Opinion/Editorial Archive

Don’t Repeat Mistakes That Led to Superweeds

Friday, July 18th, 2014

The Des Moines Register
by Neil D. Hamilton

Palmer Amaranth
Credit: USDA

The Des Moines Register deserves a hearty thank you for Donnelle Eller’s eye-opening Sunday article on glysophate-resistant Superweeds. It details a real threat to Iowa agriculture and raises important questions about responsibility and the way forward.

Some may believe it too soon or even unhelpful to consider how this happened and who bears responsibility for getting us into this mess. But if we fail to consider these questions, don’t we risk the likelihood our “solutions” will simply repeat our mistakes?

For over 20 years the farm chemical industry, led by Monsanto, has proclaimed the unquestioned benefits of genetically modifying seeds, and farmers gladly got on the GMO bandwagon as we raced to a golden era of high-tech agriculture. Claims of enhanced yields and one-pass weed control were hard to resist — especially as the seed industry bred resistance to Roundup, or glyphosate, into every crop and variety possible.

Truthfully, though, herbicide resistance is not inherently yield enhancing — not like the hybridizing work of Henry Wallace or any seed breeder who helps plants put more beans in the pod. What we created is simply a weed control system the main effects of which are to sell more Roundup and expensive modified seeds and allow farmers to cover more acres. Read Full Article »

The Future of Farming Is A Gift From Our Past: Celebrating 90 Years of Biodynamic® Agriculture

Friday, July 18th, 2014

Demeter Association, Inc.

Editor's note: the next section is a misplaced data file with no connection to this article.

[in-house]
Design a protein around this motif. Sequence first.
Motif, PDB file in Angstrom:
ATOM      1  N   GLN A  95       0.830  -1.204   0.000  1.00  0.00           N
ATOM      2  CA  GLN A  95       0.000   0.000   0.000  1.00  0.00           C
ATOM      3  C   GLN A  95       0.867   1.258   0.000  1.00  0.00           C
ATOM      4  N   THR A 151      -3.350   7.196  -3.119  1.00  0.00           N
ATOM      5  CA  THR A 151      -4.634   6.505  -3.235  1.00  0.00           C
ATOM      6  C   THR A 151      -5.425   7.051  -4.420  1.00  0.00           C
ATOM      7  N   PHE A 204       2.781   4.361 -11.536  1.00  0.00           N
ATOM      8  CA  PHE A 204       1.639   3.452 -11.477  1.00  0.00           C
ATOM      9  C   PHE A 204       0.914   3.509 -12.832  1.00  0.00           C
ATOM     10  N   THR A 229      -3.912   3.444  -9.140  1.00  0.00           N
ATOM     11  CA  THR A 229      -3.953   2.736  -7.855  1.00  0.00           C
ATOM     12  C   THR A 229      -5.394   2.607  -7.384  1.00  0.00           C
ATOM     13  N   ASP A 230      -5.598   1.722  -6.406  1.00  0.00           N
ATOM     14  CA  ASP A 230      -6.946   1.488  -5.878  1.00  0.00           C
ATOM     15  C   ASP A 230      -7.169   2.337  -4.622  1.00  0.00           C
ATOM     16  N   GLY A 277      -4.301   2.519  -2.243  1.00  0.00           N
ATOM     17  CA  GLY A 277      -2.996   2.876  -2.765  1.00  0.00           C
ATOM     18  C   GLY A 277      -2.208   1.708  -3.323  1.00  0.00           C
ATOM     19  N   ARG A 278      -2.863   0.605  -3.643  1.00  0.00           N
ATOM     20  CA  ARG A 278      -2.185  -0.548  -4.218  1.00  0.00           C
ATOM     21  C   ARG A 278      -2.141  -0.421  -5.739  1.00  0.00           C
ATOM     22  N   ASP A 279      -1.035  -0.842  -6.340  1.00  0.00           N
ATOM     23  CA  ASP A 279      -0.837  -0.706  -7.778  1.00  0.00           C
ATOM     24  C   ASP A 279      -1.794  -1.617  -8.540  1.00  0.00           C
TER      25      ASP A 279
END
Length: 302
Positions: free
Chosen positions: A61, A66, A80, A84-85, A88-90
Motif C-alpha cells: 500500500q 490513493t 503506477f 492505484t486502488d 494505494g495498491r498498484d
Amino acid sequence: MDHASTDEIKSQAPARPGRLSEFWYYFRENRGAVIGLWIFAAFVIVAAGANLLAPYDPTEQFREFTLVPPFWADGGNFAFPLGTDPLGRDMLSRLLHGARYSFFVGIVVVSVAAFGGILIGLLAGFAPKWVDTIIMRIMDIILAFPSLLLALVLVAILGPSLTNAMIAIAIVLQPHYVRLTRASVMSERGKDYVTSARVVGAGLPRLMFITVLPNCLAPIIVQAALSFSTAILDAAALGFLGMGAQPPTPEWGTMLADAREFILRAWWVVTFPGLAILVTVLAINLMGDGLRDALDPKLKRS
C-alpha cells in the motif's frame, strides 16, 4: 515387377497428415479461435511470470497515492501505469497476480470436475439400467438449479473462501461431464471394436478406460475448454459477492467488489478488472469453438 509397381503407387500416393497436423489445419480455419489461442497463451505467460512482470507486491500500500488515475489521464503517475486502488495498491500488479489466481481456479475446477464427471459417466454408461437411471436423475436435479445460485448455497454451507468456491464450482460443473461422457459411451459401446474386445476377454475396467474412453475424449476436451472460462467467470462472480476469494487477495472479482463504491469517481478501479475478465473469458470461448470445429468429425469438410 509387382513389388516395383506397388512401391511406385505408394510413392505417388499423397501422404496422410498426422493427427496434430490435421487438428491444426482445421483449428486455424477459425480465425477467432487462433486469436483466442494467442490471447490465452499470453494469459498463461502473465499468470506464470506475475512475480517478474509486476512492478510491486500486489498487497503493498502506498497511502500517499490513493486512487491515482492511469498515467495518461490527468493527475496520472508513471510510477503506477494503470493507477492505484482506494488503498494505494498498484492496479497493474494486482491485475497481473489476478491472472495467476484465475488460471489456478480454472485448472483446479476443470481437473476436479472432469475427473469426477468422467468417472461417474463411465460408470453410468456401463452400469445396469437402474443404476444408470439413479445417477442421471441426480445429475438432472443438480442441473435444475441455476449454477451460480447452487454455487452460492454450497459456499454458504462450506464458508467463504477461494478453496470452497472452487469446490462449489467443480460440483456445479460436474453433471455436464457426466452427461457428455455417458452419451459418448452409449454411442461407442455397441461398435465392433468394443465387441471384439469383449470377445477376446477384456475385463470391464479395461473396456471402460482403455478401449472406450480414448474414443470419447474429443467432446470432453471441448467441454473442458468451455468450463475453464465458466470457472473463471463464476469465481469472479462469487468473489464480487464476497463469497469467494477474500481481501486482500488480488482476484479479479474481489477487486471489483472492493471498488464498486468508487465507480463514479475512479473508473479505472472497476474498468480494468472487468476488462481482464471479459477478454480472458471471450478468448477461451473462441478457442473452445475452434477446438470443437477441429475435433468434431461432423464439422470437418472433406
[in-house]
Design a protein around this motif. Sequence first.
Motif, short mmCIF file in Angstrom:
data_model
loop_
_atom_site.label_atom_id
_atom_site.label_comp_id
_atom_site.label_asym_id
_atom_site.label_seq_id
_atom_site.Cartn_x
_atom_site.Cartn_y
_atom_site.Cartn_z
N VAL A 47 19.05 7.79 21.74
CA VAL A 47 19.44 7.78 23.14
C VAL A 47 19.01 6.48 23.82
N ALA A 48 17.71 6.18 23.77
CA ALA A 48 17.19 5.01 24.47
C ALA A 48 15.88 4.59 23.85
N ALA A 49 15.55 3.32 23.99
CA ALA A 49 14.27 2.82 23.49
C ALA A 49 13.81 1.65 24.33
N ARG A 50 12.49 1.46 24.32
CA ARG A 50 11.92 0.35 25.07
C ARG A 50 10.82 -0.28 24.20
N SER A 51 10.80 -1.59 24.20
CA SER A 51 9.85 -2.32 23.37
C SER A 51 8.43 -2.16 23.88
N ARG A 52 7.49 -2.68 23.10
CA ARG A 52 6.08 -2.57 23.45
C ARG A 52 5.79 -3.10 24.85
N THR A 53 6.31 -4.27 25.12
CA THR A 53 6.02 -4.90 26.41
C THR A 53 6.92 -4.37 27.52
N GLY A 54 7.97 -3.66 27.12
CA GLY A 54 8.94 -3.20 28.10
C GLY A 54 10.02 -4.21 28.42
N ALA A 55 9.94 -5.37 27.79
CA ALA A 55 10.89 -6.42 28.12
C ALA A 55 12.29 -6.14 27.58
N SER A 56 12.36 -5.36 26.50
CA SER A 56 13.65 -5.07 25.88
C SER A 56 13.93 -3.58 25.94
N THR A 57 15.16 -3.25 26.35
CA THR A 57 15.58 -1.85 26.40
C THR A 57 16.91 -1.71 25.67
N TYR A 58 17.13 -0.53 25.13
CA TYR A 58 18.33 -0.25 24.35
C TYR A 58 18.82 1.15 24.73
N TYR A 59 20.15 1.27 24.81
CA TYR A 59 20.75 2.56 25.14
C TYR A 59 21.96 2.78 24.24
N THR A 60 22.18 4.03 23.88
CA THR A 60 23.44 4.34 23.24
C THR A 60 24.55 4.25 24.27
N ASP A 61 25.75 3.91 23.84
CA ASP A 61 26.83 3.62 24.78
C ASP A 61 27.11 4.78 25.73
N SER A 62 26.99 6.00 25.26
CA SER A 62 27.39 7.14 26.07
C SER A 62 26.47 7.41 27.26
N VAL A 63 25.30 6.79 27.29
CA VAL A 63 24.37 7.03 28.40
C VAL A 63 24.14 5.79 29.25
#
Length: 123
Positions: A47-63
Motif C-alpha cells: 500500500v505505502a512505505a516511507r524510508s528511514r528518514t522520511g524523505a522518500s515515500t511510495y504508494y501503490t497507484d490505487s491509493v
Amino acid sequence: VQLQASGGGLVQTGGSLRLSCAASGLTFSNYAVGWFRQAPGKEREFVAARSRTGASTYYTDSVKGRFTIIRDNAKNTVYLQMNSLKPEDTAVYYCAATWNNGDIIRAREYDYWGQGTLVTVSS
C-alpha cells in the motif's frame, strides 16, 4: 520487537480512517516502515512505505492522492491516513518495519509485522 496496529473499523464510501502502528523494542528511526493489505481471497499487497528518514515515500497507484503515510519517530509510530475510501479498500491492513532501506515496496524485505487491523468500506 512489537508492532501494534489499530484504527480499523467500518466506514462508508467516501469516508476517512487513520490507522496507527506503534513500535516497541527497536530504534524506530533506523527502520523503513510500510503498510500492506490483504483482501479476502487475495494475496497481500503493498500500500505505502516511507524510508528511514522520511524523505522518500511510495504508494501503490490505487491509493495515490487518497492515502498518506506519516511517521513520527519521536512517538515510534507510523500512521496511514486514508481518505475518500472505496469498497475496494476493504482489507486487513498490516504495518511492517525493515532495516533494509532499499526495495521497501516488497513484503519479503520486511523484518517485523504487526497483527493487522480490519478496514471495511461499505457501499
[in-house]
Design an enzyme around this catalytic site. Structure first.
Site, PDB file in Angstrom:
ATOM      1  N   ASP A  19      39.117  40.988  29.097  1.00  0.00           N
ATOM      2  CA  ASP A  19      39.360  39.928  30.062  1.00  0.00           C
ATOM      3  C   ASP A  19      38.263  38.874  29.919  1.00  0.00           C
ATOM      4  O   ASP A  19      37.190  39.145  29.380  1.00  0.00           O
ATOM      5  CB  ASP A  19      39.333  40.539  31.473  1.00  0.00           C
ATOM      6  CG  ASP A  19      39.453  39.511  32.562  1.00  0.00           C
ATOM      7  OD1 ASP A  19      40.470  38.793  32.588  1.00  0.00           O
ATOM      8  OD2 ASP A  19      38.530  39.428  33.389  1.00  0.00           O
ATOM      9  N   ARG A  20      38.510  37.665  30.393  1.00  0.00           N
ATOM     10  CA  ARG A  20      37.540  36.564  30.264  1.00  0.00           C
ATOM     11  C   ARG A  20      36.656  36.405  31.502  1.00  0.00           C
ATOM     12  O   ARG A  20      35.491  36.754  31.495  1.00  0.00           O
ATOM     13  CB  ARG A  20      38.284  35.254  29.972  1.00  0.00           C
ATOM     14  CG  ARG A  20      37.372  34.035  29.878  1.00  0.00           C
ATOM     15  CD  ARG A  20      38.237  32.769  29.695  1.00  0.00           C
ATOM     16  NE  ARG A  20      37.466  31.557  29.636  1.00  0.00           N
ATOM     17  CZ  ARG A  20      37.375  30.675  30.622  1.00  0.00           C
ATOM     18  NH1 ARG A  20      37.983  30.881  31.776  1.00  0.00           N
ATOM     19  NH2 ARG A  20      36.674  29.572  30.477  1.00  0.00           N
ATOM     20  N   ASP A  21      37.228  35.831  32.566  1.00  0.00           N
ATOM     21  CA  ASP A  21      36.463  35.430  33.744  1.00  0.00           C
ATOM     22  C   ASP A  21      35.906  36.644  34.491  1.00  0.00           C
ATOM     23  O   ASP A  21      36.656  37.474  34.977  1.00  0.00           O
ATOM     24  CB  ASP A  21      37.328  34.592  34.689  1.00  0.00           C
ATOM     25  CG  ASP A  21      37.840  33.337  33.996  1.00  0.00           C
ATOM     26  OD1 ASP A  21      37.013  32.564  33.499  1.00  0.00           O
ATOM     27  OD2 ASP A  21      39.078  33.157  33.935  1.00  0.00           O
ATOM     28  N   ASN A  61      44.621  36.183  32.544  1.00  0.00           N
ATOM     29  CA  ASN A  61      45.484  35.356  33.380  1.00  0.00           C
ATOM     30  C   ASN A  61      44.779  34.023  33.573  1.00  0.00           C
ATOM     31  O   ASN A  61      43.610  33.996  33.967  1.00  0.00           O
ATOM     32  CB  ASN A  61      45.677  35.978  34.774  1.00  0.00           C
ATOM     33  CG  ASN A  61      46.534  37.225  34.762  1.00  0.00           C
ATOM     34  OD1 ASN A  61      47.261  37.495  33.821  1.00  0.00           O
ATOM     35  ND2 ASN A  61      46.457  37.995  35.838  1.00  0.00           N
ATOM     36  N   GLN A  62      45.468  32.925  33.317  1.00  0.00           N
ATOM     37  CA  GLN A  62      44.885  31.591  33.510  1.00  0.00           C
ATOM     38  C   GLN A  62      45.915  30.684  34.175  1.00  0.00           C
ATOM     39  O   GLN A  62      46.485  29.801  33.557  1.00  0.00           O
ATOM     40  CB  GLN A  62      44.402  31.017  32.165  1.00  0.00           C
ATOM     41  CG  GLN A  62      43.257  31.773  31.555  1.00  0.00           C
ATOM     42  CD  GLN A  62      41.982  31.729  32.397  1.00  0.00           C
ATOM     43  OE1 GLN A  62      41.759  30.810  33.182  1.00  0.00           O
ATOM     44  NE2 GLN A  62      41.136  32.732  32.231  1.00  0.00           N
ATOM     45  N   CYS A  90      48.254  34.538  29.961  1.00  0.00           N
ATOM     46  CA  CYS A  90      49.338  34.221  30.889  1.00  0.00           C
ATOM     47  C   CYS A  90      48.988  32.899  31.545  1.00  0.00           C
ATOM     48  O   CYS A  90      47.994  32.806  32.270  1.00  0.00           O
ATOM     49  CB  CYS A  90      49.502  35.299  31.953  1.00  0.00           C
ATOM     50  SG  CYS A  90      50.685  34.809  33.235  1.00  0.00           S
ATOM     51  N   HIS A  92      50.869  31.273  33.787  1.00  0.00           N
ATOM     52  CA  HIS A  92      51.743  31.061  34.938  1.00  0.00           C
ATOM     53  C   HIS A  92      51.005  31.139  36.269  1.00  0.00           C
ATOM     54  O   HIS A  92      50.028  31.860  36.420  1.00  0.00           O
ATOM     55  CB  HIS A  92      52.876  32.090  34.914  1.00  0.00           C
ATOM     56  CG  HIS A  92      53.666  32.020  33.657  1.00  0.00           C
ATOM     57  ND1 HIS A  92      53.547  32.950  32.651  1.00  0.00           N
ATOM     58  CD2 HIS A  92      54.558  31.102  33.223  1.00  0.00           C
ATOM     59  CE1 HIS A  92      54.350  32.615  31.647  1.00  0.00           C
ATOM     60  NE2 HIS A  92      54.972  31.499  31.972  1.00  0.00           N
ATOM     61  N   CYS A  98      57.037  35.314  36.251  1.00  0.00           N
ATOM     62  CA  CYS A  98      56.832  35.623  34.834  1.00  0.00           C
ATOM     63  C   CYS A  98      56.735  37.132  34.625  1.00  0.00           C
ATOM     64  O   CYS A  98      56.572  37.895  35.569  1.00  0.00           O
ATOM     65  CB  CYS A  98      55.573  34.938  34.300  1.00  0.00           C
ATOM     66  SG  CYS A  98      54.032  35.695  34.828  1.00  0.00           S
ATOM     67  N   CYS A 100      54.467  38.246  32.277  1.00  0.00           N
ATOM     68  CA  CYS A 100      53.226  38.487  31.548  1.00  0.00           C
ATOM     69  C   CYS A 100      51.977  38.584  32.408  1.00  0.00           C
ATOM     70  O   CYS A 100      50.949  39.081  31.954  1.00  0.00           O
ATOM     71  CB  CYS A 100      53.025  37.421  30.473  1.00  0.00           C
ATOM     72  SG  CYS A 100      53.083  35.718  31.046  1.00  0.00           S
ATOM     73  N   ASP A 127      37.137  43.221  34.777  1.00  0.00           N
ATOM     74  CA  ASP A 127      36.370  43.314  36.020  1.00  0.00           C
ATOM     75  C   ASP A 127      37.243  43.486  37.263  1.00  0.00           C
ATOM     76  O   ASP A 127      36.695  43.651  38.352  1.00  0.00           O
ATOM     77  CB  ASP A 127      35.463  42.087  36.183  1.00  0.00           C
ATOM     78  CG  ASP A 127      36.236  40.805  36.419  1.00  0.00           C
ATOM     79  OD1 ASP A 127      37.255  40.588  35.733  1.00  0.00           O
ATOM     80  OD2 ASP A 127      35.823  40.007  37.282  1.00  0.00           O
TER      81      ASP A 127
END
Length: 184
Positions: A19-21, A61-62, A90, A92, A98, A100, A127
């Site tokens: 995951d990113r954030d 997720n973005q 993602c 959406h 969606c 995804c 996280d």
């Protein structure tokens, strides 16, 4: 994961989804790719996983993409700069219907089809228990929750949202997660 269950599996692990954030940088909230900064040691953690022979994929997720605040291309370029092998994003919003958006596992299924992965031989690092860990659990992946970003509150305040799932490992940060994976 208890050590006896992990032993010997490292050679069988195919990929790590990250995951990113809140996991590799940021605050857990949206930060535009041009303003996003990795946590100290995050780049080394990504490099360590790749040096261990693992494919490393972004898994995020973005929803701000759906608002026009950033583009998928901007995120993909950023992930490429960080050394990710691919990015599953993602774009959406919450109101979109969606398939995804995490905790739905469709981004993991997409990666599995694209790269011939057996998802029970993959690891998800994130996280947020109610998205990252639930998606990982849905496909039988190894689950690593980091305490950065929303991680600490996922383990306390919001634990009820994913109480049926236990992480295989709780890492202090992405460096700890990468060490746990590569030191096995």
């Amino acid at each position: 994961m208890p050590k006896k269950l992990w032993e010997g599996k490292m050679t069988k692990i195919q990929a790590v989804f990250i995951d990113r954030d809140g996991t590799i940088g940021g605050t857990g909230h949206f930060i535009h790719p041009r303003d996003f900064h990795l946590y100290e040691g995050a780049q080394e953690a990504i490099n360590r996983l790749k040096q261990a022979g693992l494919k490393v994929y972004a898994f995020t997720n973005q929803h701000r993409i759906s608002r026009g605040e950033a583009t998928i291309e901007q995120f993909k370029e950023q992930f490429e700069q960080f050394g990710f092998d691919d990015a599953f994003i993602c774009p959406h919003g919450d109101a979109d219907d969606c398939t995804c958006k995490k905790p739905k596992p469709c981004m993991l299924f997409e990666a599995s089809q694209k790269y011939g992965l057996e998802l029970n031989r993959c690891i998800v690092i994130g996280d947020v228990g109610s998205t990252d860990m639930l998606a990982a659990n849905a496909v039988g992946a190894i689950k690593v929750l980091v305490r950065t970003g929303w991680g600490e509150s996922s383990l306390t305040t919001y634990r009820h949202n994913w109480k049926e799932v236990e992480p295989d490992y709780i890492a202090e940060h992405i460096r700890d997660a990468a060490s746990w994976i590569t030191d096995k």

by Erin Sojourner Agostinelli

Demeter Certified BiodynamicNinety years ago this year, Rudolf Steiner addressed a group of farmers at a European farmhouse located in today’s Poland.  A well-known scientist and social advocate, Steiner is now best known as the founder of Waldorf education.  The farmers asked Steiner for help because they were very concerned about what they were witnessing on their farms.  Their farms’ soil was depleted, their seeds weren’t germinating, and their animals were suffering: the overall life and vitality of their farms was markedly declining.

It’s helpful to place this in the context of the times.  Prior to the advent of industrialization, our communities were agrarian and people lived on their farms.  They grew food for themselves and their farm animals.  Lots of different crops grew and the farm itself existed in a larger ecological context of forests, plains, and watersheds.  People lived in tune with the seasons and the celestial rhythms.  But by the turn of the last century, people moved from their farms to the cities.  Factories were built focused on increased production based on the increased utilization of our natural resources.  Read Full Article »

California Stung by Lawsuit to Protect Bees

Thursday, July 10th, 2014

Pesticide Action Network North America
by Paul Towers

Blue Orchard Bee
Credit: USDA